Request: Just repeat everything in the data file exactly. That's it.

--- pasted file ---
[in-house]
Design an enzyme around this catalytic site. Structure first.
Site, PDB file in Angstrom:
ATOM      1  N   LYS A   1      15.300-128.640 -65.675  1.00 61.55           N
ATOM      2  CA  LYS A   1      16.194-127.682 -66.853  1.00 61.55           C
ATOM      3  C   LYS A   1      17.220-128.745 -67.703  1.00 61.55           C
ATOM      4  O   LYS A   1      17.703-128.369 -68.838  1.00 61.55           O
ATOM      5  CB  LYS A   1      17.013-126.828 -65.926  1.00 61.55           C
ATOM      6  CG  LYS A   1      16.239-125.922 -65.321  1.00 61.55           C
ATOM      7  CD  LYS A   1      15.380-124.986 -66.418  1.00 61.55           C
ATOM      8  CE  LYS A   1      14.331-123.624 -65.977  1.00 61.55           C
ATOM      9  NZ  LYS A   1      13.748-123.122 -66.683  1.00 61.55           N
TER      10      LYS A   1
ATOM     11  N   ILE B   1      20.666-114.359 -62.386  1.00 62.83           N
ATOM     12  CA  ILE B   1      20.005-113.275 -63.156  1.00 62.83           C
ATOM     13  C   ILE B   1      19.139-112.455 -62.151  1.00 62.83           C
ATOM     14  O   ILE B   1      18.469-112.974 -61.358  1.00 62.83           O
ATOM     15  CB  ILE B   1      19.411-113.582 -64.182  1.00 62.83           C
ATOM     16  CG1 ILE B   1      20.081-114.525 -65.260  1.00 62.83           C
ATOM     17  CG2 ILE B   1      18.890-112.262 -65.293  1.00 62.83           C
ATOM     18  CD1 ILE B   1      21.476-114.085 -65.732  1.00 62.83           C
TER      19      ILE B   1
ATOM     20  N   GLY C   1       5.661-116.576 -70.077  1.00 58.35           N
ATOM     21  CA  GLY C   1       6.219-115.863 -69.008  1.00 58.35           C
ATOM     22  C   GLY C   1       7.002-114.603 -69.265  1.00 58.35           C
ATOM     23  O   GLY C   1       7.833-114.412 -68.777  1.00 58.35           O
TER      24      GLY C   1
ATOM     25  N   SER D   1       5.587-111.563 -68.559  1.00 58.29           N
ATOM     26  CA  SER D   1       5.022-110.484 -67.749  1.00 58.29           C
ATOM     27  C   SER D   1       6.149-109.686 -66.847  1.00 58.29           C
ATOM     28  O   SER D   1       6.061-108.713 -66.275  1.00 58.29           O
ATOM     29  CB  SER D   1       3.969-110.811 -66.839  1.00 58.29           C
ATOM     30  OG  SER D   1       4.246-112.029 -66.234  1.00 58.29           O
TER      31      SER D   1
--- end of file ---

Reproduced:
[in-house]
Design an enzyme around this catalytic site. Structure first.
Site, PDB file in Angstrom:
ATOM      1  N   LYS A   1      15.300-128.640 -65.675  1.00 61.55           N
ATOM      2  CA  LYS A   1      16.194-127.682 -66.853  1.00 61.55           C
ATOM      3  C   LYS A   1      17.220-128.745 -67.703  1.00 61.55           C
ATOM      4  O   LYS A   1      17.703-128.369 -68.838  1.00 61.55           O
ATOM      5  CB  LYS A   1      17.013-126.828 -65.926  1.00 61.55           C
ATOM      6  CG  LYS A   1      16.239-125.922 -65.321  1.00 61.55           C
ATOM      7  CD  LYS A   1      15.380-124.986 -66.418  1.00 61.55           C
ATOM      8  CE  LYS A   1      14.331-123.624 -65.977  1.00 61.55           C
ATOM      9  NZ  LYS A   1      13.748-123.122 -66.683  1.00 61.55           N
TER      10      LYS A   1
ATOM     11  N   ILE B   1      20.666-114.359 -62.386  1.00 62.83           N
ATOM     12  CA  ILE B   1      20.005-113.275 -63.156  1.00 62.83           C
ATOM     13  C   ILE B   1      19.139-112.455 -62.151  1.00 62.83           C
ATOM     14  O   ILE B   1      18.469-112.974 -61.358  1.00 62.83           O
ATOM     15  CB  ILE B   1      19.411-113.582 -64.182  1.00 62.83           C
ATOM     16  CG1 ILE B   1      20.081-114.525 -65.260  1.00 62.83           C
ATOM     17  CG2 ILE B   1      18.890-112.262 -65.293  1.00 62.83           C
ATOM     18  CD1 ILE B   1      21.476-114.085 -65.732  1.00 62.83           C
TER      19      ILE B   1
ATOM     20  N   GLY C   1       5.661-116.576 -70.077  1.00 58.35           N
ATOM     21  CA  GLY C   1       6.219-115.863 -69.008  1.00 58.35           C
ATOM     22  C   GLY C   1       7.002-114.603 -69.265  1.00 58.35           C
ATOM     23  O   GLY C   1       7.833-114.412 -68.777  1.00 58.35           O
TER      24      GLY C   1
ATOM     25  N   SER D   1       5.587-111.563 -68.559  1.00 58.29           N
ATOM     26  CA  SER D   1       5.022-110.484 -67.749  1.00 58.29           C
ATOM     27  C   SER D   1       6.149-109.686 -66.847  1.00 58.29           C
ATOM     28  O   SER D   1       6.061-108.713 -66.275  1.00 58.29           O
ATOM     29  CB  SER D   1       3.969-110.811 -66.839  1.00 58.29           C
ATOM     30  OG  SER D   1       4.246-112.029 -66.234  1.00 58.29           O
TER      31      SER D   1